This paper describes structural tests of thin vaults made of reinforced brick masonry. The experiments consist of concentrated loading tests of 14 full-scale laboratory vaults. These vaults are designed to include common situations such as short- to midspan length, low-mid-high rise, rigid-flexible-sliding supports, instantaneous-sustained loading, low-high strength mortar, point-line loading, central-eccentric loading, point-line supports, hinged-clamped supports, symmetric-asymmetric shape, double layer versus single layer reinforcement, and uniaxial-biaxial bending, among others. The tests mainly aim to obtain the collapse loads and to characterize the pre- arid post-peak response. The results show satisfactory structural performance, both in terms of ductility and strength. Moreover, it is possible to predict the structural response with numerical models developed specifically for this purpose. Flat specimens were also tested to determine the punching shear strength of the vaults. This work is part of a larger research project aimed at promoting innovative semi-prefabrication techniques for reinforced brick masonry vaulted light roofs. Copyright © 2010, American Concrete Institute. All rights reserved.
Martin-Vide J.-P.,University of Barcelona |
Roca M.,Technical University of Catalonia |
Alvarado-Ancieta C.A.,Technical University of Delft
Proceedings of the Institution of Civil Engineers: Water Management | Year: 2010
This paper presents laboratory tests using riprap as a countermeasure for river bend scouring. The bank is a vertical wall in a sharp bend. The riprap is a horizontal apron extended at the toe of this wall. The aims of the tests are to describe the behaviour of riprap in sharp bend flow and to examine how the main flow characteristics are affected by the riprap behaviour. The experimental results show that flexible riprap is able to adapt to bed deformation in river bends by tilting, spreading and paving a transverse slope which ensures that the bank remains protected. Even a blanket located at the initial bed elevation provides efficient protection if it is thick enough. The tests also show that the mainstream velocity and shear stress above the riprap increase after riprap adaptation.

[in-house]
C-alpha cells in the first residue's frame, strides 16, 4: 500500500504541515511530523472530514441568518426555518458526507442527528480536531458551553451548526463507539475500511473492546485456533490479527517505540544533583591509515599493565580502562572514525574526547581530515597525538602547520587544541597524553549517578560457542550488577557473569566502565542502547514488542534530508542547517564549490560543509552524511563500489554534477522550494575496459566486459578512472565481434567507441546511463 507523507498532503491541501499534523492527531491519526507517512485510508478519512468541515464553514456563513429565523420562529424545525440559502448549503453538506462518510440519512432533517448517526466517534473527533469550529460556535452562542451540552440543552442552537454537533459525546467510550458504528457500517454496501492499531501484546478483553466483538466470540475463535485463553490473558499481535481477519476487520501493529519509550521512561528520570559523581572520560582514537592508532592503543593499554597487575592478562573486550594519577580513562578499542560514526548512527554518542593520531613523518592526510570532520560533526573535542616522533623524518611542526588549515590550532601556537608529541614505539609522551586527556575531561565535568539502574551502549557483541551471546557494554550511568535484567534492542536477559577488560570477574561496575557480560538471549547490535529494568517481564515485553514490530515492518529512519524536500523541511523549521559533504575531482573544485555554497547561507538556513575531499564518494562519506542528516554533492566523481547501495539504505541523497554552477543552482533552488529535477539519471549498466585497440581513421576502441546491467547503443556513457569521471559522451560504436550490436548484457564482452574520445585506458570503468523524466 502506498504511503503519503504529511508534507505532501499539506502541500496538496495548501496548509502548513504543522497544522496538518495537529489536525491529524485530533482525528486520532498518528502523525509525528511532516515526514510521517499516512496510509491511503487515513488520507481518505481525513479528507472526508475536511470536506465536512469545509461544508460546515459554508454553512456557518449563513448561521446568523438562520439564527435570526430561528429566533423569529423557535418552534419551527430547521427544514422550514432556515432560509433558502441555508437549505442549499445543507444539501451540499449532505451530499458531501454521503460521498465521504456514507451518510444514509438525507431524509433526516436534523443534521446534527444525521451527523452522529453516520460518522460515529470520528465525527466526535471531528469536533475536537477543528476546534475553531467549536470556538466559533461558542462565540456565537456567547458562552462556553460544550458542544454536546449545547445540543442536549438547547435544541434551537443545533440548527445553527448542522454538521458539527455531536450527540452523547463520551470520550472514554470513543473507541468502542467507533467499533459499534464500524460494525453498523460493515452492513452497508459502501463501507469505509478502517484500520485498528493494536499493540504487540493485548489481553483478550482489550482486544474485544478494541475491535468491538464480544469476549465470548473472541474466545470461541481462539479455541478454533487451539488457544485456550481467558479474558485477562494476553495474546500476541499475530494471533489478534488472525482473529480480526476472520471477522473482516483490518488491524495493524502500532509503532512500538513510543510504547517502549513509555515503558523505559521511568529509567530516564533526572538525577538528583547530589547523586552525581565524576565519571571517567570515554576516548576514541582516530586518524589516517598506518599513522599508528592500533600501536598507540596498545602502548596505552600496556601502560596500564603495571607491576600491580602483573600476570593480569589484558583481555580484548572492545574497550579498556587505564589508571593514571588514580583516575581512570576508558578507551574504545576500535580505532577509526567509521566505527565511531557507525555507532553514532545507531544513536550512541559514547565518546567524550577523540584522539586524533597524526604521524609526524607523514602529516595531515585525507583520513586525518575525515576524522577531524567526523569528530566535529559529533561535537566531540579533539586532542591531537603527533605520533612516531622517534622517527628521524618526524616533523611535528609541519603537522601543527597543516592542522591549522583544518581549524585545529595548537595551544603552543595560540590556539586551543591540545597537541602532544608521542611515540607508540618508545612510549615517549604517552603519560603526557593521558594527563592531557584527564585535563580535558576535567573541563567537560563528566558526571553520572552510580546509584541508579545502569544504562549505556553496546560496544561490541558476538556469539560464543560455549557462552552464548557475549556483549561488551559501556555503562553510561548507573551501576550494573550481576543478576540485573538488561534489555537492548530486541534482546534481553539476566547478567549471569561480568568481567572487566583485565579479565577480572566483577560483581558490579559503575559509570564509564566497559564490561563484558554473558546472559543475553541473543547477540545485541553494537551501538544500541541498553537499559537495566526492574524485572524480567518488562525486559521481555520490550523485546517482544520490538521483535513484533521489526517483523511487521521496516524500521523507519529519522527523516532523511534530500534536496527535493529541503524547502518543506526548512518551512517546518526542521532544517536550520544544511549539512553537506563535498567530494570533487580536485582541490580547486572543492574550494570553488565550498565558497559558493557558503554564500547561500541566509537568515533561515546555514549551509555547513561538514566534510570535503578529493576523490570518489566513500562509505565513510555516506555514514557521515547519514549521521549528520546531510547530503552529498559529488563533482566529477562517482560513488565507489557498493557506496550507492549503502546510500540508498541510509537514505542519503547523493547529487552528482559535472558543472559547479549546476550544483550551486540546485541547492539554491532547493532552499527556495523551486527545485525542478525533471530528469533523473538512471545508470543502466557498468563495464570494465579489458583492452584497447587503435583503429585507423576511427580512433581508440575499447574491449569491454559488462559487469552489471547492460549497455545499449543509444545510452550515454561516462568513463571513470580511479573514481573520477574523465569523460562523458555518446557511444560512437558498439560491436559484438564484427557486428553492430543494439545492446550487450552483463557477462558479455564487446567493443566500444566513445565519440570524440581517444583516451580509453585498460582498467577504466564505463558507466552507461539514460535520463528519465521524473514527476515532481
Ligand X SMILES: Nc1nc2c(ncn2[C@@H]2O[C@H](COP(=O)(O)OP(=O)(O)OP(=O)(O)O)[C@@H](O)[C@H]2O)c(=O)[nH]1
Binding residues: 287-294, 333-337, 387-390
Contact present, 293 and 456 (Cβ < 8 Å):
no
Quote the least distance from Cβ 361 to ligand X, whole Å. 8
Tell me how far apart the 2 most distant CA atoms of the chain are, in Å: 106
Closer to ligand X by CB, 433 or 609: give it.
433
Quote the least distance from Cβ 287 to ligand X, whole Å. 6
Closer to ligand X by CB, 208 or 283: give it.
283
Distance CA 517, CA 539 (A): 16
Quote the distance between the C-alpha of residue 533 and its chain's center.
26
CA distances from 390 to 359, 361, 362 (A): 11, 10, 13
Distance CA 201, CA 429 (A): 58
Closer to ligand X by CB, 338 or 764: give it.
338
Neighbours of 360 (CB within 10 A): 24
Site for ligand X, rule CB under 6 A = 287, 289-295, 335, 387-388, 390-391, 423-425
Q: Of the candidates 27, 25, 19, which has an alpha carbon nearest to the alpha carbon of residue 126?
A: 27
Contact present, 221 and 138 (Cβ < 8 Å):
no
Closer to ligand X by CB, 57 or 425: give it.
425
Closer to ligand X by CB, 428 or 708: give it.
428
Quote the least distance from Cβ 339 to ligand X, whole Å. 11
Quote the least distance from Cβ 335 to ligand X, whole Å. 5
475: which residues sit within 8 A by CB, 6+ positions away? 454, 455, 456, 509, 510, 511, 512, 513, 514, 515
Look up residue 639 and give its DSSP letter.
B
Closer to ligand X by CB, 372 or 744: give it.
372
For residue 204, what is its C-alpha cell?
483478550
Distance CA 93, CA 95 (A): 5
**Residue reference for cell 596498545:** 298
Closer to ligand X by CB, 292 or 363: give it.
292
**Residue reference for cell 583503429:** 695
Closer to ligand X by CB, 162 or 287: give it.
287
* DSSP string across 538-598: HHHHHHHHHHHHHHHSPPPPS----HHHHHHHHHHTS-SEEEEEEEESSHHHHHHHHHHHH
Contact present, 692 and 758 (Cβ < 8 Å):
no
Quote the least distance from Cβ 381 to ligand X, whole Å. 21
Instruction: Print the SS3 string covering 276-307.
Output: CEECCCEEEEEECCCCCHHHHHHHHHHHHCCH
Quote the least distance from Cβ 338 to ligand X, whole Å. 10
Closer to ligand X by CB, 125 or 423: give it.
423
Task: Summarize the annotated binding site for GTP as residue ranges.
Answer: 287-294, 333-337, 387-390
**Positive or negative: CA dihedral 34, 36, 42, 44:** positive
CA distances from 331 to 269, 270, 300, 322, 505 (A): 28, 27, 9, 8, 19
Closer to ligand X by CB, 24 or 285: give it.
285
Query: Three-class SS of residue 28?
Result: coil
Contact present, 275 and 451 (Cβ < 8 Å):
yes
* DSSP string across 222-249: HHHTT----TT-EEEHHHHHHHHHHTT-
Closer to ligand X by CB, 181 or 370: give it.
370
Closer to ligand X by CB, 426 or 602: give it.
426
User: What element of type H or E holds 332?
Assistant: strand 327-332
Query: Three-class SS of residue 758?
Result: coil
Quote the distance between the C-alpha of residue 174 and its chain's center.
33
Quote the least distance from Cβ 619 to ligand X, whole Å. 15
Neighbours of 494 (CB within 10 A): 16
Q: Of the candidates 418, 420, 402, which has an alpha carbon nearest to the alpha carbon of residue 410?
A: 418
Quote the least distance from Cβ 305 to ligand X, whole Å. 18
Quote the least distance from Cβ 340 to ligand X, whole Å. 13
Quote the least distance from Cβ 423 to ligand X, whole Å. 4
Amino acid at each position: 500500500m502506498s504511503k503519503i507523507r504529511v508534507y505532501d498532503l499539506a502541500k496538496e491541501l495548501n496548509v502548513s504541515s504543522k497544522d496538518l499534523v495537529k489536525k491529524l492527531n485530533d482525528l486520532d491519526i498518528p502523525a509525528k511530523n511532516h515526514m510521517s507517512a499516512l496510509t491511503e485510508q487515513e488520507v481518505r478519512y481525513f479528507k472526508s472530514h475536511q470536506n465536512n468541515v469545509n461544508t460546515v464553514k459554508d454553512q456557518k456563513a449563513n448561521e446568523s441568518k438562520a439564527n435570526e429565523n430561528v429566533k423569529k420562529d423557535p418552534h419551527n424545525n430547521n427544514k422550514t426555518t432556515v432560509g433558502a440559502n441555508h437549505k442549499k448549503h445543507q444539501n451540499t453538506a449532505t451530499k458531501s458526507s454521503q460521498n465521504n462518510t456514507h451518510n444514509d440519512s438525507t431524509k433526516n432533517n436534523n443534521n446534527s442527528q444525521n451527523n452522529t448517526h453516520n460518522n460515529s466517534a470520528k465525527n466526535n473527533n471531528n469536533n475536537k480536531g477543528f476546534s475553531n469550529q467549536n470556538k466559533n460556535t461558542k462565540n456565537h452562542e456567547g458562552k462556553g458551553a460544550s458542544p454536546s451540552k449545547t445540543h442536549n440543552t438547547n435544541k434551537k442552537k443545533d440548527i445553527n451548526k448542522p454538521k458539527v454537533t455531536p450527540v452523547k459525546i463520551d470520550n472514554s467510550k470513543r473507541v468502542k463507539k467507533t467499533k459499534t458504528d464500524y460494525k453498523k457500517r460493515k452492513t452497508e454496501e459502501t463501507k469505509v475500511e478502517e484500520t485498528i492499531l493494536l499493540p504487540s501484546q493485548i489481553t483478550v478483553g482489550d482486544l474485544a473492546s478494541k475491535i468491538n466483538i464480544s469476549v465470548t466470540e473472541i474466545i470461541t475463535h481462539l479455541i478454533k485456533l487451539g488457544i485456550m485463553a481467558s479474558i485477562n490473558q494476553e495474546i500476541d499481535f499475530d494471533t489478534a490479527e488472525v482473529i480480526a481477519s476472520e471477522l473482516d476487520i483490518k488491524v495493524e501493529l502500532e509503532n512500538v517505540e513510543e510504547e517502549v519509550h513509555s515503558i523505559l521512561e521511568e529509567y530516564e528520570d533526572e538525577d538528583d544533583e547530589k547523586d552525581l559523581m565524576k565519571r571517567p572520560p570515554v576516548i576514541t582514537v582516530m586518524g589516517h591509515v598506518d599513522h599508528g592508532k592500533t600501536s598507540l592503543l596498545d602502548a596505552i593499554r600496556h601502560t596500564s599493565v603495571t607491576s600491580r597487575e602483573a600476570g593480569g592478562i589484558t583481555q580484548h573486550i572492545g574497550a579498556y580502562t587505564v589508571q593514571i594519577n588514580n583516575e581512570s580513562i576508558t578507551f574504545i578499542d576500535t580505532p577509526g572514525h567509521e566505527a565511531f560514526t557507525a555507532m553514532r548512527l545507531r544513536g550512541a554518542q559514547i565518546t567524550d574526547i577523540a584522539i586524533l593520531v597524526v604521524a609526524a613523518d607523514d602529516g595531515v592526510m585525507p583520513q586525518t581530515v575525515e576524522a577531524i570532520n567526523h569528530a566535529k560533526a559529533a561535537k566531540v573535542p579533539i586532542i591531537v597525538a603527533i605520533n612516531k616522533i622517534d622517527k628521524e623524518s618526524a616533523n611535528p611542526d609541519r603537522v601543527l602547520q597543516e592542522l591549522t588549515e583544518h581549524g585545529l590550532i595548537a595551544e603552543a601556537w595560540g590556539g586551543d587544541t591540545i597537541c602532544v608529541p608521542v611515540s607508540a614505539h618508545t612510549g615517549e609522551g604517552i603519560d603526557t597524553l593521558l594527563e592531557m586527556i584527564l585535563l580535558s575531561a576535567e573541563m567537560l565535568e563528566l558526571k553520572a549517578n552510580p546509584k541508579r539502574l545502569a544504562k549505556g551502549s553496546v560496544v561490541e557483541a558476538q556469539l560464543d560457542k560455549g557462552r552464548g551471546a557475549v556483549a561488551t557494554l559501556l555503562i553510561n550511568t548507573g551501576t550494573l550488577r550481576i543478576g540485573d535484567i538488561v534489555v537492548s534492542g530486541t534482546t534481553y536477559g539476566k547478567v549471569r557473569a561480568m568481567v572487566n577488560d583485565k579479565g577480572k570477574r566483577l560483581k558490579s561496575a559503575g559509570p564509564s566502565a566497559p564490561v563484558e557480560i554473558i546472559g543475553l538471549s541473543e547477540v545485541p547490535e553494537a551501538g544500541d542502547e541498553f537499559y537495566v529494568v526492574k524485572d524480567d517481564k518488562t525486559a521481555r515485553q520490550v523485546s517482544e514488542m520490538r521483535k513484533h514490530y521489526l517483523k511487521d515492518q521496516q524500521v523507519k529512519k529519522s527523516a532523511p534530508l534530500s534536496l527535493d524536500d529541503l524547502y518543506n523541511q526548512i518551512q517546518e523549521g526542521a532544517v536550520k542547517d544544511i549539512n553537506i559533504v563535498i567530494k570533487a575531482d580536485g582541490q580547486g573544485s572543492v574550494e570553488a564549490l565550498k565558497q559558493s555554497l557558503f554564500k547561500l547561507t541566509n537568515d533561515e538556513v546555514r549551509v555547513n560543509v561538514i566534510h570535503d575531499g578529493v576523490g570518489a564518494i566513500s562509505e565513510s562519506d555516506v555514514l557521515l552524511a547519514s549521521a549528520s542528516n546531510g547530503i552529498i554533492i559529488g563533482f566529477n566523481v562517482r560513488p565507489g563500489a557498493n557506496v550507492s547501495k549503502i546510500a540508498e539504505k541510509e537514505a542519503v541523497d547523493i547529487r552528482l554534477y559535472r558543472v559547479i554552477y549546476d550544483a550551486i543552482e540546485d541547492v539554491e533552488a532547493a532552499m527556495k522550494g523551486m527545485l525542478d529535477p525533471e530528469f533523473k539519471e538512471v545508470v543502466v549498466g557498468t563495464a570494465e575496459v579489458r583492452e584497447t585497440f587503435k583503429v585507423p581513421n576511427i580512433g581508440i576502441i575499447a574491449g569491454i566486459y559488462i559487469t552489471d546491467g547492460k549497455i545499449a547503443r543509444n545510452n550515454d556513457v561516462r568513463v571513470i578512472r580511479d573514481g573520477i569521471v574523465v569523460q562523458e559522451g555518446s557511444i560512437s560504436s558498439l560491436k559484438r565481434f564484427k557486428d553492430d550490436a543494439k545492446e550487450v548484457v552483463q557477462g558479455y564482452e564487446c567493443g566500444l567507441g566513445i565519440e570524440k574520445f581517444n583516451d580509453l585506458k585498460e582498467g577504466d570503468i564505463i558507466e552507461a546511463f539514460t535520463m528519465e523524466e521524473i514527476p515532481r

Awan A.J.,KTH Royal Institute of Technology |
Brorsson M.,KTH Royal Institute of Technology |
Vlassov V.,KTH Royal Institute of Technology |
Ayguade E.,Technical University of Catalonia
Proceedings - 2015 IEEE 5th International Conference on Big Data and Cloud Computing, BDCloud 2015 | Year: 2015
In last decade, data analytics have rapidly progressed from traditional disk-based processing to modern in-memory processing. However, little effort has been devoted at enhancing performance at micro-architecture level. This paper characterizes the performance of in-memory data analytics using Apache Spark framework. We use a single node NUMA machine and identify the bottlenecks hampering the scalability of workloads. We also quantify the inefficiencies at micro-architecture level for various data analysis workloads. Through empirical evaluation, we show that spark workloads do not scale linearly beyond twelve threads, due to work time inflation and thread level load imbalance. Further, at the micro-architecture level, we observe memory bound latency to be the major cause of work time inflation. © 2015 IEEE.